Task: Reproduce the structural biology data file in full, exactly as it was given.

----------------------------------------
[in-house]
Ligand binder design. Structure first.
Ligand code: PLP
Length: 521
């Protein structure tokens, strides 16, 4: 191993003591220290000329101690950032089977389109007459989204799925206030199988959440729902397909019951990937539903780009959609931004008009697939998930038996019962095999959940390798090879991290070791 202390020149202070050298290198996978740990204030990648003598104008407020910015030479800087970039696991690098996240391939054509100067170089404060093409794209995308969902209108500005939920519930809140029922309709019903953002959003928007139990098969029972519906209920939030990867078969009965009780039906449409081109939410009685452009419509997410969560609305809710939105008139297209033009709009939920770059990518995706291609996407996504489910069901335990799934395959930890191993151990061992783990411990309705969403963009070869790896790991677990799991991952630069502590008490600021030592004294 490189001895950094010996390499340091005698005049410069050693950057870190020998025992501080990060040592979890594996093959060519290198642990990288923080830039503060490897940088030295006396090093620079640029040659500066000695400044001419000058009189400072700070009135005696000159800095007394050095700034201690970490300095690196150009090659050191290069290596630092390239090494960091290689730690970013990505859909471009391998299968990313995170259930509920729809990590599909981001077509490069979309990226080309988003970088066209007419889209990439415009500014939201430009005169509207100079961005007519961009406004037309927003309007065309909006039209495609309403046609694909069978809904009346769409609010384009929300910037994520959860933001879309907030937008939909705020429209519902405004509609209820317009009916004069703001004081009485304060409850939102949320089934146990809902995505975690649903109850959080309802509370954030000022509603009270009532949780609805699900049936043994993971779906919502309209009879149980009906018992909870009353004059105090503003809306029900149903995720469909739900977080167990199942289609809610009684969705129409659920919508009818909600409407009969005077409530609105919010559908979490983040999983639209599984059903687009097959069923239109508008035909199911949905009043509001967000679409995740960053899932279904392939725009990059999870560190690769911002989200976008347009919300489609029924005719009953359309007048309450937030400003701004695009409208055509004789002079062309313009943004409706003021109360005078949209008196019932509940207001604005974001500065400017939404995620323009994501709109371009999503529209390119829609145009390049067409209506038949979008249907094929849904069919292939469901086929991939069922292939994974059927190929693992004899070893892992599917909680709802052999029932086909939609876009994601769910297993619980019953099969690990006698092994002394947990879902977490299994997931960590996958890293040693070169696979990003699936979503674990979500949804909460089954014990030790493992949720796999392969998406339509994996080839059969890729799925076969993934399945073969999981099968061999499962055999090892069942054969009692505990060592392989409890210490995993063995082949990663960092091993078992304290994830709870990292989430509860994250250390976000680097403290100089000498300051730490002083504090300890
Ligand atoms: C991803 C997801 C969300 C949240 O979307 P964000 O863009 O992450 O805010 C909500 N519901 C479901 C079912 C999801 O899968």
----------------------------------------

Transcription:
[in-house]
Ligand binder design. Structure first.
Ligand code: PLP
Length: 521
């Protein structure tokens, strides 16, 4: 191993003591220290000329101690950032089977389109007459989204799925206030199988959440729902397909019951990937539903780009959609931004008009697939998930038996019962095999959940390798090879991290070791 202390020149202070050298290198996978740990204030990648003598104008407020910015030479800087970039696991690098996240391939054509100067170089404060093409794209995308969902209108500005939920519930809140029922309709019903953002959003928007139990098969029972519906209920939030990867078969009965009780039906449409081109939410009685452009419509997410969560609305809710939105008139297209033009709009939920770059990518995706291609996407996504489910069901335990799934395959930890191993151990061992783990411990309705969403963009070869790896790991677990799991991952630069502590008490600021030592004294 490189001895950094010996390499340091005698005049410069050693950057870190020998025992501080990060040592979890594996093959060519290198642990990288923080830039503060490897940088030295006396090093620079640029040659500066000695400044001419000058009189400072700070009135005696000159800095007394050095700034201690970490300095690196150009090659050191290069290596630092390239090494960091290689730690970013990505859909471009391998299968990313995170259930509920729809990590599909981001077509490069979309990226080309988003970088066209007419889209990439415009500014939201430009005169509207100079961005007519961009406004037309927003309007065309909006039209495609309403046609694909069978809904009346769409609010384009929300910037994520959860933001879309907030937008939909705020429209519902405004509609209820317009009916004069703001004081009485304060409850939102949320089934146990809902995505975690649903109850959080309802509370954030000022509603009270009532949780609805699900049936043994993971779906919502309209009879149980009906018992909870009353004059105090503003809306029900149903995720469909739900977080167990199942289609809610009684969705129409659920919508009818909600409407009969005077409530609105919010559908979490983040999983639209599984059903687009097959069923239109508008035909199911949905009043509001967000679409995740960053899932279904392939725009990059999870560190690769911002989200976008347009919300489609029924005719009953359309007048309450937030400003701004695009409208055509004789002079062309313009943004409706003021109360005078949209008196019932509940207001604005974001500065400017939404995620323009994501709109371009999503529209390119829609145009390049067409209506038949979008249907094929849904069919292939469901086929991939069922292939994974059927190929693992004899070893892992599917909680709802052999029932086909939609876009994601769910297993619980019953099969690990006698092994002394947990879902977490299994997931960590996958890293040693070169696979990003699936979503674990979500949804909460089954014990030790493992949720796999392969998406339509994996080839059969890729799925076969993934399945073969999981099968061999499962055999090892069942054969009692505990060592392989409890210490995993063995082949990663960092091993078992304290994830709870990292989430509860994250250390976000680097403290100089000498300051730490002083504090300890
Ligand atoms: C991803 C997801 C969300 C949240 O979307 P964000 O863009 O992450 O805010 C909500 N519901 C479901 C079912 C999801 O899968």